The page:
I am not happy going through the motions, trying to live up to other people's expectations, following their rules, all of that! I've been labeled lazy, out-of-it, a daydreamer, a failure, a troublemaker, and my personal favorite, angry. Of course I'm angry! I haven't been living the life I'm meant to live, trying to conform to a society and rules that don't apply to me! I've been trying to do the right thing for everyone else...but not FOR ME!
Why? To avoid conflict. To keep the peace and keep everyone else off my freaking back. But now, I understand. I wasn't born to conform. I have a hard time following the idiotic policies and procedures of my job, and society, because they don't work for me!
I'm not advocating everyone create mass chaos here (although, with regard to the gas prices, I think the zombies need to wake up or go feast on some oil barons masquerading as politicians!). Just a little anarchy to get the juices flowing. We creative types need stimulation!
I'm a writer. I will make a living as a writer, or die trying, and since I have way too many people, places and things I want to meet, see, and do before I start pushing up daisies, I'm going to make it one way or another. I'm not ready to quit my steady job yet, but I will post when that day arrives. Watch for the fireworks!
Most of the goals I have set for myself, in regards to my writing have been accomplished:
1. I have been published. Yes, in my local paper, but it counts!
2. I have started my own writing business and have business cards to prove it!
3. I am writing my second novel for NaNoWriMo 2007, editing the first novel from 2006 and outlining a third.
4. I have a mentor, Beth Erickson, who is helping me get my writing business and career off the ground.
I haven't stopped dreaming, laughing, or praying for help when I really need it, but most of all, I haven't stopped being grateful for all of these things and more.
These are just the ones I have completed for myself. I still have a long way to go, but here are some that I will be working on in the next few months:
1. Get a domain name, website, etc.
2. Market my business locally, then regionally, and finally, nationally.
3. Establish more than one stream of income using my skills as a writer and speaker.
4. Teach writing classes, marketing classes, seminars or workshops, and get paid for it!
I am having more fun and I have never been more scared in my life doing this, but sometimes you have to just jump in and do it.
I am an observer, which is a good trait to have if you want to be a writer. I have observed the most successful people are those who follow their own path, the "The Road Not Taken", as Robert Frost wrote. It is one of my favorite poems, and when I think things are tough, that I can't go on, or I want to give up on myself, I read that poem.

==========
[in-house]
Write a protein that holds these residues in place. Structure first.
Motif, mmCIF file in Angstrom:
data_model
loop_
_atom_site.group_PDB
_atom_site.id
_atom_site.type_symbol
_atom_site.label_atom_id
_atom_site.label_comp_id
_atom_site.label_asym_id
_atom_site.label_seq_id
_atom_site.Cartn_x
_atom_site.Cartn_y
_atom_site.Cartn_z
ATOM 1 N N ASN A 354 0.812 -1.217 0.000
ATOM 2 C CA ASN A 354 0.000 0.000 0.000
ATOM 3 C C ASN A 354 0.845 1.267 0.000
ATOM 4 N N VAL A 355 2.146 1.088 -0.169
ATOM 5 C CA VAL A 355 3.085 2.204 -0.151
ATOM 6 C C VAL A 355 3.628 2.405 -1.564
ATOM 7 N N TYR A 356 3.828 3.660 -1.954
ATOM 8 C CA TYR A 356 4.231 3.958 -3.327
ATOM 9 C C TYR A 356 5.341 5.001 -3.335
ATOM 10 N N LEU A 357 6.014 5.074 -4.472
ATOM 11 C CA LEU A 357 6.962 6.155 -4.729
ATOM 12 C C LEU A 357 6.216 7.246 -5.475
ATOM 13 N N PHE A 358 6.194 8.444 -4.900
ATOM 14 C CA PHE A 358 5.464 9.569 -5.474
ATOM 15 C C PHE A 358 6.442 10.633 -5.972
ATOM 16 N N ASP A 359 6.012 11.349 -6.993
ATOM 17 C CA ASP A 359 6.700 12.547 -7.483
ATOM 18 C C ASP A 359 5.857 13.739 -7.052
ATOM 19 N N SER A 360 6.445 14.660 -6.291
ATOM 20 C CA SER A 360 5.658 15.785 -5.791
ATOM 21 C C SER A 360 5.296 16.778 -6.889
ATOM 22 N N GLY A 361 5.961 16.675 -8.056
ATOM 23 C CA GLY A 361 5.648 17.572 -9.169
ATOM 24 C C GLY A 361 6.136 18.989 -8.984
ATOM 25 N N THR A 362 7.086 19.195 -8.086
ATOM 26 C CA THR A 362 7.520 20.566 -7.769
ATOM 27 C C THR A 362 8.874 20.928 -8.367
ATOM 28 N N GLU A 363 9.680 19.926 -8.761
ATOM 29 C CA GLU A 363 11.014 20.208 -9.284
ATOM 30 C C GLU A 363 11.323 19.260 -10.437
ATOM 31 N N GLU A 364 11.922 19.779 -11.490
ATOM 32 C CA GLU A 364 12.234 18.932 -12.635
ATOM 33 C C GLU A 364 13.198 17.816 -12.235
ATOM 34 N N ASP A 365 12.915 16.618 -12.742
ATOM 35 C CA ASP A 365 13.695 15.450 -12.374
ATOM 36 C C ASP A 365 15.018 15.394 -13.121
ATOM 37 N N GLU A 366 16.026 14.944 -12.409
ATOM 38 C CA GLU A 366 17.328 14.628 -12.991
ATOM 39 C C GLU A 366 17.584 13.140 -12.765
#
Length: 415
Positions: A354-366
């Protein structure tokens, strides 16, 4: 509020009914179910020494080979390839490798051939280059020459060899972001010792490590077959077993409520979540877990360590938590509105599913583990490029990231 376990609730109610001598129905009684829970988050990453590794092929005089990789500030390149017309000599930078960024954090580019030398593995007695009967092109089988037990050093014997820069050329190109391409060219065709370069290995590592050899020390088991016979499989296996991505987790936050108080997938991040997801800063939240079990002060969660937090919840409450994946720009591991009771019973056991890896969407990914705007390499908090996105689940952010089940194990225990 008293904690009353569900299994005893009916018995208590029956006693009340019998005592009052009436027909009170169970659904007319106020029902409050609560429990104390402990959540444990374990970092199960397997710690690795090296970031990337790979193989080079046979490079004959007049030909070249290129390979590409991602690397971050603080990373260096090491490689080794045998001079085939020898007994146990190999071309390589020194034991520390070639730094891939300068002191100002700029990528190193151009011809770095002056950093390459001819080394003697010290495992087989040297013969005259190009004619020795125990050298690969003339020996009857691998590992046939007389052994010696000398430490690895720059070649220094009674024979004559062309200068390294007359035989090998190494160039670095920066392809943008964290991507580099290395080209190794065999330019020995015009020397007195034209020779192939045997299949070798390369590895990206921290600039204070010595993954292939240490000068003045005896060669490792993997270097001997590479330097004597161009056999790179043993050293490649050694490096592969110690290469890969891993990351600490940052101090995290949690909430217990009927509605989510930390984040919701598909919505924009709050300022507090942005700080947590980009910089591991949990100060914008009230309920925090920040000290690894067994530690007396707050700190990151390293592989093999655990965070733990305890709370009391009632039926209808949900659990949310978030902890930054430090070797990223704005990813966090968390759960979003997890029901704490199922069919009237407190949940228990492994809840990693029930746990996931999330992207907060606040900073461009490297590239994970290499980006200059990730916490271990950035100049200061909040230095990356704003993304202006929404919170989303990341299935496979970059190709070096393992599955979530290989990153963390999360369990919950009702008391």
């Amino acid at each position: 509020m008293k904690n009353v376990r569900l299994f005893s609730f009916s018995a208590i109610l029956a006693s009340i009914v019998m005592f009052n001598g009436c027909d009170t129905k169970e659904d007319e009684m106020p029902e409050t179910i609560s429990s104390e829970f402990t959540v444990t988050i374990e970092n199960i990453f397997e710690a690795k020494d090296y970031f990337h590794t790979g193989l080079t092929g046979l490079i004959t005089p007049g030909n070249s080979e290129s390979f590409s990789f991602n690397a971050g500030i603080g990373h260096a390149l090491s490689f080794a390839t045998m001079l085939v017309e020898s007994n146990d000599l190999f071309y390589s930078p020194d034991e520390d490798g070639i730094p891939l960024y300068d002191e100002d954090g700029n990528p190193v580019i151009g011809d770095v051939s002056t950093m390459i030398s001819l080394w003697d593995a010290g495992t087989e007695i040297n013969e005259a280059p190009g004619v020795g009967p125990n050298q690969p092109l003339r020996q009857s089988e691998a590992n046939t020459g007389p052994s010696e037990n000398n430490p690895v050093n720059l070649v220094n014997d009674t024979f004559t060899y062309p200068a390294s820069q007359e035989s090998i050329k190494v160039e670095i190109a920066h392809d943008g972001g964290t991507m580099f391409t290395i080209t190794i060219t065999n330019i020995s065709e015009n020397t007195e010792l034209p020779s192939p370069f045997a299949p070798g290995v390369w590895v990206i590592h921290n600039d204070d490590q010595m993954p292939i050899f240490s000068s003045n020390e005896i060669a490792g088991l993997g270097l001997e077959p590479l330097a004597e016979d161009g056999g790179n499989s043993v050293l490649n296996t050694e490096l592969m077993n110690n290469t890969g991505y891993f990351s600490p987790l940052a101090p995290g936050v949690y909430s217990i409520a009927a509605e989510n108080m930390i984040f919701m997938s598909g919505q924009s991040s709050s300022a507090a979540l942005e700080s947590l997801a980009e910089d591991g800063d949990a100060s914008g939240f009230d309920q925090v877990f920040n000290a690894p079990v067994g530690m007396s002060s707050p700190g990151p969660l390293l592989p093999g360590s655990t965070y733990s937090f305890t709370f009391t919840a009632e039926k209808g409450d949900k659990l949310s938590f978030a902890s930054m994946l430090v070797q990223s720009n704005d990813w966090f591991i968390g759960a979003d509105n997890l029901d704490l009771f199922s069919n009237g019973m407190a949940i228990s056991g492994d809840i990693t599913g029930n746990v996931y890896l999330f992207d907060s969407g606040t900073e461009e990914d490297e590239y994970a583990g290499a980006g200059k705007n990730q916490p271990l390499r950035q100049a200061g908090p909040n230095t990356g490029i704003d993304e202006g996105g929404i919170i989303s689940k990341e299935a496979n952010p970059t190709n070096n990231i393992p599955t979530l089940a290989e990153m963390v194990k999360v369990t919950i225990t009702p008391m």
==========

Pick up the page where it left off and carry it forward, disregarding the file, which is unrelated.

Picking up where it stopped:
Imagine where the world would be if Robert Frost didn't take "the road not taken." What if Stephen King never wrote or tried to publish his work? Or if John Lennon didn't get together with 3 other musicians to form The Beatles? Or if Bill Gates didn't drop out of Harvard to follow his instincts with regards to computers? Or if Oprah didn't start her talk show? You get the picture.
Think of all the people you admire, who inspire you, who have come from absolutely nothing to be where they are now, if they didn't take that path, drop out of school, break the rules, or "didn't fit in" with the rest of society and yet, they were successful and they ended up making the world a better place. Or they are trying to, in their own unique way.
I say, "Misfits of the world, Unite!" as John Carlton says at the end of his post. Stand up and be proud! And for the rest of you, I leave you with the wonderful words of Mr. Robert Frost:
The Road Not Taken
Two roads diverged in a yellow wood,
And sorry I could not travel both
And be one traveler, long I stood
And be one traveler, long I stood
And looked down one as far as I could
To where it bent in the undergrowth;
Then took the other, as just as fair
And having perhaps the better claim,
Because it was grassy and wanted wear;
Though as for that, the passing there
Had worn them really about the same,
And both that morning equally lay
In leaves no step had trodden black
Oh, I kept the first for another day!
Yet knowing how way leads on to way,
I doubted if I should ever come back.
I shall be telling this with a sigh
Somewhere ages and ages hence:
Two roads diverged in a wood, and I
I took the one less traveled by,
And that has made all the difference.
Choose your path. Make a difference.